The diary was copied many times and became quite popular during the Golden Age, wherein it was probably rewritten to suit the tastes of the time.
The Diary of the Slave-Girl Lyria is considered an important work of classical literature, and read well into the Sixth Age. It contains much of the information of Marconian life and customs.
According to the text, Lyria was born on one of the last worlds conquered before the Marcon Alliance fell. Having been born into a free life, she begins her diary shortly after her enslavement at the age of 12. It is likely the early events of the diary were recorded later, though told as if in progress. This is theorized because the narration seems entirely too mature for the early chapters.
The diary chronicles how she was captured and processed (the Marcons had an efficient system of distributing new slaves throughout the empire). Lyria's journey lasts nearly a year as she is sold through various processing centers.
She eventually comes into the hands of a wealthy Marconian land-owner in the heart of the empire, who in turn gives her to his son. Bear in mind the Marcons regard women as property, with few uses; but Lyria's final buyer has only one "use" in mind for his son's birthday present.
However, the landowner's son (not named in the tale) does not hold with traditional Marcon beliefs. He keeps Lyria as a friend and companion: treating her with a great deal of respect and dignity, and obviously allowing her to keep the diary.
The tale follows Lyria and the landowner's son through the Gudersnipe Army invasion, and the destruction of the Marcon Alliance. The story provides a unique look at the fall of the Marcon Alliance from the perspective of the Marcons; Lyria writes repeatedly about the anger and frustration of the people around her.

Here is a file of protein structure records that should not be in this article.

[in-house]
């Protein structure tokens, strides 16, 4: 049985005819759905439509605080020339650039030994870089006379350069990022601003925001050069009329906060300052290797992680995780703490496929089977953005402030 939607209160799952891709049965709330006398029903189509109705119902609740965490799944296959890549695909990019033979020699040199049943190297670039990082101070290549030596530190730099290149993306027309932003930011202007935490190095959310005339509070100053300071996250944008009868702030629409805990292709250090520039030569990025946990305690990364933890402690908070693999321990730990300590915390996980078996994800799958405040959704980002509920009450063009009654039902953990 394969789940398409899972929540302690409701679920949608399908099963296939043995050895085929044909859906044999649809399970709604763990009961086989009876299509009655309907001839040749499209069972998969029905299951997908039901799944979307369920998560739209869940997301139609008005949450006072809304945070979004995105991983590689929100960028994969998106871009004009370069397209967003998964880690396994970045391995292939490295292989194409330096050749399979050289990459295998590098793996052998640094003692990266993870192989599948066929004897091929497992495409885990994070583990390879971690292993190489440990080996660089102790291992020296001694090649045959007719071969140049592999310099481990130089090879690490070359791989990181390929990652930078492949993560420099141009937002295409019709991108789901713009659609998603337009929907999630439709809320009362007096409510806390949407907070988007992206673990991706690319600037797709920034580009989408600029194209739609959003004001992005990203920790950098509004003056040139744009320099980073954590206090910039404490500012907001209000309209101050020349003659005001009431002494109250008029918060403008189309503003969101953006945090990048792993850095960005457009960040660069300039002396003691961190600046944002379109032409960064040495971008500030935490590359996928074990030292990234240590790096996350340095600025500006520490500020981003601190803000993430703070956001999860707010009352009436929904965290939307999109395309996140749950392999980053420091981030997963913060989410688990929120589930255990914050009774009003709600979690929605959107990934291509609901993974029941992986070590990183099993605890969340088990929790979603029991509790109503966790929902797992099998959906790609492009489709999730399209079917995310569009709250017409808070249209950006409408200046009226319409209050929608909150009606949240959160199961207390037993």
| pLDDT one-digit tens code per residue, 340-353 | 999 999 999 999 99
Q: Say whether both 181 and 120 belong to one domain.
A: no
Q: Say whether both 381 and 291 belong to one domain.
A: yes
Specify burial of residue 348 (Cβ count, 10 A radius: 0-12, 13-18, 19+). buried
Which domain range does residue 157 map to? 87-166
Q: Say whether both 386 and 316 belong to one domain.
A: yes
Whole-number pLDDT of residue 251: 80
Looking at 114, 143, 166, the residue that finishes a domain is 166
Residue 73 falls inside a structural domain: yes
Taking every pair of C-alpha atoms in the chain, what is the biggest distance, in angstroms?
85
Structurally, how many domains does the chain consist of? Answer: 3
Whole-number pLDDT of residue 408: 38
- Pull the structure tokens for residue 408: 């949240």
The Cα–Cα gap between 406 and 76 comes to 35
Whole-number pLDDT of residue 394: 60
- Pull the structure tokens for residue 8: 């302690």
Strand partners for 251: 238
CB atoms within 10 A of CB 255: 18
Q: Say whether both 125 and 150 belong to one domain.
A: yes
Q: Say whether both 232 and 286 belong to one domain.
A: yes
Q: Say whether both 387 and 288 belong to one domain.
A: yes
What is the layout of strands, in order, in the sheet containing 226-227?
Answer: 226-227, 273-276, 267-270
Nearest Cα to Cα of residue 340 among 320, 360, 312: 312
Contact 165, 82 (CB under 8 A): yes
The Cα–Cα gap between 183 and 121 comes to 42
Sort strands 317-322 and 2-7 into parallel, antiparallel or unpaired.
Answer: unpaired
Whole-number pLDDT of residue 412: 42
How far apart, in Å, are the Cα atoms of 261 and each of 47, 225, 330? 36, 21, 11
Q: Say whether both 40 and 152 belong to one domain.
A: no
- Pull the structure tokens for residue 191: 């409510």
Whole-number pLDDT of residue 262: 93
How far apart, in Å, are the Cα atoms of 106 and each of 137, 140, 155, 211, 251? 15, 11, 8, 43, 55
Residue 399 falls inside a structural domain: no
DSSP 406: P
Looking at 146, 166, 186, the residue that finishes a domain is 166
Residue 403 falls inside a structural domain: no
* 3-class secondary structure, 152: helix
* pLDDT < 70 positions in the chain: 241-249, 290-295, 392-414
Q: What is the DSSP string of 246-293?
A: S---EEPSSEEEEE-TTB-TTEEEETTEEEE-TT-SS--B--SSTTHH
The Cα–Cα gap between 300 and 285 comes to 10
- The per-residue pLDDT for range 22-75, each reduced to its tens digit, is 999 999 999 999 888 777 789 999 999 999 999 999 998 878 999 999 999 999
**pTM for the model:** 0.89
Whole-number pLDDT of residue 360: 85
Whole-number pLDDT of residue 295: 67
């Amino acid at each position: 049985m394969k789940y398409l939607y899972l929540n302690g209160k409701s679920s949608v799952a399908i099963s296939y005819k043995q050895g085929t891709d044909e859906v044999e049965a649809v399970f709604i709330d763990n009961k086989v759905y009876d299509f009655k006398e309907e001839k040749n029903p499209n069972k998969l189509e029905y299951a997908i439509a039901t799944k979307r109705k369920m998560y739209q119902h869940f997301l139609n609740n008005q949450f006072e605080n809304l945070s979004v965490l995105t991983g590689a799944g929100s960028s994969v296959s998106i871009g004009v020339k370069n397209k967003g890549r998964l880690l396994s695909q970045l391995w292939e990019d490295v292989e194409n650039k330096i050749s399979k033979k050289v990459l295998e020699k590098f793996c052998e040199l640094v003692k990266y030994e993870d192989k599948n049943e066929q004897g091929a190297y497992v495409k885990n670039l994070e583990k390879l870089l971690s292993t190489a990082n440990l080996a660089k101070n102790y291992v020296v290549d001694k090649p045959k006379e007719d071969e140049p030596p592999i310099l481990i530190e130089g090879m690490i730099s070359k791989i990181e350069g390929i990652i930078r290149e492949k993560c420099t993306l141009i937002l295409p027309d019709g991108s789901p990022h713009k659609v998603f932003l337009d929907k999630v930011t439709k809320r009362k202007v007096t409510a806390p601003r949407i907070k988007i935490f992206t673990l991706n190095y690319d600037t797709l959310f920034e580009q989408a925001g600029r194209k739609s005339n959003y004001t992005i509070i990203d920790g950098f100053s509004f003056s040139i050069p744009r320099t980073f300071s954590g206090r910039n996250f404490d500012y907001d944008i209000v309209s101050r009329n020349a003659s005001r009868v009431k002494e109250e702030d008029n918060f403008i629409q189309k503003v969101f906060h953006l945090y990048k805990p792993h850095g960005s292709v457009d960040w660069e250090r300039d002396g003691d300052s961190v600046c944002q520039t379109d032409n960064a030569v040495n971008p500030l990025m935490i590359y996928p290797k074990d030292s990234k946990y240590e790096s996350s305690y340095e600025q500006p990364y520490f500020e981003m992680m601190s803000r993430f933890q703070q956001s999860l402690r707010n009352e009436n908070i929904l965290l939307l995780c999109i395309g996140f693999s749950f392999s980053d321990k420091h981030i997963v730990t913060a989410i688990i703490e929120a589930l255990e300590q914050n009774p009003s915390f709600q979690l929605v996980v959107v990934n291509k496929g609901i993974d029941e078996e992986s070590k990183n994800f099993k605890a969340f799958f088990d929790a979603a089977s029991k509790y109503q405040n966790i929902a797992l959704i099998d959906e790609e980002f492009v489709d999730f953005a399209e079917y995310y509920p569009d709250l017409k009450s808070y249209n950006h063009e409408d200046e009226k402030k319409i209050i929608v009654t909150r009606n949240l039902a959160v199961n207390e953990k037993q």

Lyria and the son eventually escape. The son, although a full-blooded Marconian citizen, escapes death because he is mistaken for an escaped slave. He and Lyria leave the Marcon Alliance for one of the newly-freed slave worlds. Though now free to leave him, Lyria stays with the son who has shown her kindness through the years, and consents to marry him; this is the end of the diary.
Questions about Authenticity
The diary was originally written on hand-made paper, and eventually included in the Accepted Histories in the Fourth Age. The oldest known copy dated only to the mid Third Age, leading some to doubt its authenticity. Because each revision often updated its language or made mistakes in the transcription, it is difficult to reconstruct the original.
Herbet Patric Galactis, author of the Accepted Histories, maintains that authenticity is unimportant in the tale of Lyria, which presents an impression of time, whose actual facts are inconsequential when viewed through the human condition. Galactis did extensive research into the story, and while it was impossible to verify as fact, he did find it "consistent with our understanding of the time".
Critics of the diary often point out the incongruity of the landowner's son (believed to have been 16 when he received Lyria) to hold enlightened views. In the tradition of the Marcon Alliance, his beliefs would have been heresy.
The story, they say, probably stems from the Golden Age, probably around the era of the Earth Sphere Unified Nations, when it was popular for writers to present a romanticized view of then-recent history. The story of a Marconian boy who befriended his slave girl and saved her from a lifetime of cruelty would have been viewed as "redeeming" the Marcon Alliance. By that point in history, the borders of the Marcon Alliance were lost, and anything presenting them as other than an evil horde would probably spark curiosity.
Galactis responded to the critics with an alternate hypothesis, based on his interpretation of certain passages in the text, that it may have been heavily edited during the Golden Age; that the son probably partook in his slave, but still kept her with dignity. In her diary, Lyria seems to hint at this notion, but never directly says it. This, combined with her early contempt for the son, Galactis presents as support for his hypothesis.
This revised viewpoint brings the story in line with understood Marconian norms, in that the son may have used his slave for pleasure, but did not mistreat her, and eventually fell in love with her. The diary even talks about him dressing her as a boy in public to take her from his father's estate unshackled, and treat her with dignity in front of others. Only after the Marcon Alliance fell, was he able to truly express his love for Lyria.